An interesting feature of the park is the previously mentioned White River cut off which runs through the central section of the park and connects with Williams Creek. Even before the park was established there was a minor cutoff between the river and Williams Creek, although it was not clear if this was a natural waterway, or manmade. The 1937 aerial image for the city shows what appears to be a small waterway or possibly marshy area where the cut off is currently located, and flood control discussions in the 1930’s and early 40’s indicate the cut off was being used during periods of high water on the river. In the years leading up to the 1940’s, the neighborhood of Ravenswood, on the east bank of the river, experienced repeated flooding. Blame was laid on the Broad Ripple Dam, which pools water upstream and past the Ravenswood area. While the dam was not going anywhere, the city explored other options to address the flooding.

One of those was expanding the White River cut off to allow excess water from the river to be re-routed through Williams Creek, and then returned to the river below the Broad Ripple dam, and just downstream from the then Monon Railroad bridge. This work was done in 1960-61, and also included a new, straightened channel for Williams Creek to expedite the excess water's trip back into the White River.

Marott Park Map Indy aerial image history
Map Indy, 1962

Today this cut off is well established and very wide, and features a small low head dam, just to the east of Westfield Blvd and the Monon Trail bridge. Flood control measures had other impacts on Marott Park, including the straightening of Williams Creek through the southern end of the park. The creek used to empty into the river a few feet downstream from the Monon Railroad (today Trail) bridge. This routing was the result of a hard turn the creek took just to the north. Maps of the area shows a confused area of islands and side channels, before the channel straightens out and then hits the White River.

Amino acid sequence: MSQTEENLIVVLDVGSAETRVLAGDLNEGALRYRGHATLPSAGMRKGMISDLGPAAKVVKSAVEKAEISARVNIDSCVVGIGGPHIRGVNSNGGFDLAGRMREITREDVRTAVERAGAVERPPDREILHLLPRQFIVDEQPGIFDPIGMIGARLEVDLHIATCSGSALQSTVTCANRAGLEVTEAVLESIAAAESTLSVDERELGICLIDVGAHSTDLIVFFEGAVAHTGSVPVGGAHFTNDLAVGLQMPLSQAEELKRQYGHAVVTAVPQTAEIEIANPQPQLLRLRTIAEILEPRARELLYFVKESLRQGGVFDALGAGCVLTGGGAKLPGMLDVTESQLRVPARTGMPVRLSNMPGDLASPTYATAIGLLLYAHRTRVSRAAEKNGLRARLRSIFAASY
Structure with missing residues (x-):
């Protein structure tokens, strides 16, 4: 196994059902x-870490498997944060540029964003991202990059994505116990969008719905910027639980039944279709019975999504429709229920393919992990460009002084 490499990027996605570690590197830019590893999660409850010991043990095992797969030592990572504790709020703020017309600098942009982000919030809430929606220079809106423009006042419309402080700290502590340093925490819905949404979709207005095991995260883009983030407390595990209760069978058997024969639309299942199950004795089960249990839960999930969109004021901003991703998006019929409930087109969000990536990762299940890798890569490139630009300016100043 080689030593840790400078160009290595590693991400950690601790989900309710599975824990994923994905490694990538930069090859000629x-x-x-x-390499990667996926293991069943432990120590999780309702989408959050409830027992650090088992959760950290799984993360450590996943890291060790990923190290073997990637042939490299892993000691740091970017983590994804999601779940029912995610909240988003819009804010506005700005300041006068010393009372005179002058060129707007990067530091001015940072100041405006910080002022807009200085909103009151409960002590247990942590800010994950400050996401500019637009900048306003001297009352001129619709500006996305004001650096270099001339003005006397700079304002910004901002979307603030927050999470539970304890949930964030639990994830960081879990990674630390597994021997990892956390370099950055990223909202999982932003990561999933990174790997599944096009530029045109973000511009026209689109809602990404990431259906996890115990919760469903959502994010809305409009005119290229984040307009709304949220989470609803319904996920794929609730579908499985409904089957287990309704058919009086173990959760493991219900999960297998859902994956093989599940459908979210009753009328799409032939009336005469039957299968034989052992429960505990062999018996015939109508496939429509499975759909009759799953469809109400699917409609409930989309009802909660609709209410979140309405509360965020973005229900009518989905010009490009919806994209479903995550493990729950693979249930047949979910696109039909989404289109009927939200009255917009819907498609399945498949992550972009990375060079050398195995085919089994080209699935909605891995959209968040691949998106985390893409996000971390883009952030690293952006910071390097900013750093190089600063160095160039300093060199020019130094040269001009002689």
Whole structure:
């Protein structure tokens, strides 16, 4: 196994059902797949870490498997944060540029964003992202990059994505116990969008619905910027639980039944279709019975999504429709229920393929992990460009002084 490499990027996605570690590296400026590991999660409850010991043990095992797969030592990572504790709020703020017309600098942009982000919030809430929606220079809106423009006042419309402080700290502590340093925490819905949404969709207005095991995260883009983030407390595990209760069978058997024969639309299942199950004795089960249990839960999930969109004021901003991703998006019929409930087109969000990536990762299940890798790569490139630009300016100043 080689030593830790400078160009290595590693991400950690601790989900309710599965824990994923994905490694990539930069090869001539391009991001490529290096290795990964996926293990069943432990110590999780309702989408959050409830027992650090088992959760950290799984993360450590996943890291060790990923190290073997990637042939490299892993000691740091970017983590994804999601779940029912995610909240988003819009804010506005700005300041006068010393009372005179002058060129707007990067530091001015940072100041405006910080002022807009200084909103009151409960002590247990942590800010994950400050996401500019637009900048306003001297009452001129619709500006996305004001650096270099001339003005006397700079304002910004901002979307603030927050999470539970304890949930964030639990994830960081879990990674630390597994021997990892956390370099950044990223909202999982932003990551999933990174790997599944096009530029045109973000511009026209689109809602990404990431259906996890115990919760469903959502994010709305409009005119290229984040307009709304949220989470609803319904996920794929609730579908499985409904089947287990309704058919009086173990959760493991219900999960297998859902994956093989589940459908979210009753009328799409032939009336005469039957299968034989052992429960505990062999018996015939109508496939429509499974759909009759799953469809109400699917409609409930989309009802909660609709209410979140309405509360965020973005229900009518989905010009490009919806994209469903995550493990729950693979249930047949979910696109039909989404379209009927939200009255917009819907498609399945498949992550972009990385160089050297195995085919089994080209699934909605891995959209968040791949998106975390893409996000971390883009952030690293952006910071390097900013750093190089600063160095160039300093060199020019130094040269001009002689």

The project eliminated the channel below the hard turn and shifted the confluence of Williams Creek with the river about 200 feet to the west of the old confluence. For a period of time, the two channels actually ran next to one another, as can be seen in this aerial from 1962 when it appears water was still flowing both ways. The "Old Channel" arrow marks the original hard turn taken by Williams Creek.

The old confluence of the old channel and where the new channel began is still visible and shown in the photo on the left, below. The right side of the image is the route of the original channel, while the left is the new. The second image below is taken from a small bluff in the park near the Monon Trail bridge which overlooks the old channel of Williams Creek.

Over the years Marott Park has changed little. The restrictions put in place by Marott still stand and defeated several attempts at development of the park to anything beyond just a natural area. In the late 1970’s a plan was proposed to connect College and Keystone Avenues via 71st, with the last piece of 71st Street cutting through the heart of Marott Park. Local residents and environmental groups opposed the project, and the potential that the roadway would violate Marott’s original conditions on the donation of the property loomed large and eventually shut down the project. Kurt F. Panzer, Jr., who represented some of the residents, told the Indianapolis Star that the restrictions in Marott’s deed placed “insurmountable obstacles” to the new roadway.

Interestingly, near the line of where 71st Street would have crossed the rerouted Williams Creek, there are the remains of a concrete road deck in the creek itself. These remains are pictured below, looking west, but it is not clear when it was constructed, or whether it was meant to be a public roadway or some sort of limited access thoroughfare.

Aerial photos show what appears to be a roadway in 1962, although images from previous years are difficult to make out. The 1956 Shell Map of Indianapolis indicates a bridge at this location as seen below (yellow highlight). It seems possible these decks are the remains of that bridge. Related to this, I also found a reference in the December 6, 1958, Indianapolis News that the 71st Street bridge over Williams Creek was replaced and that "precast concrete slabs" were used to construct sidewalks on the bridge.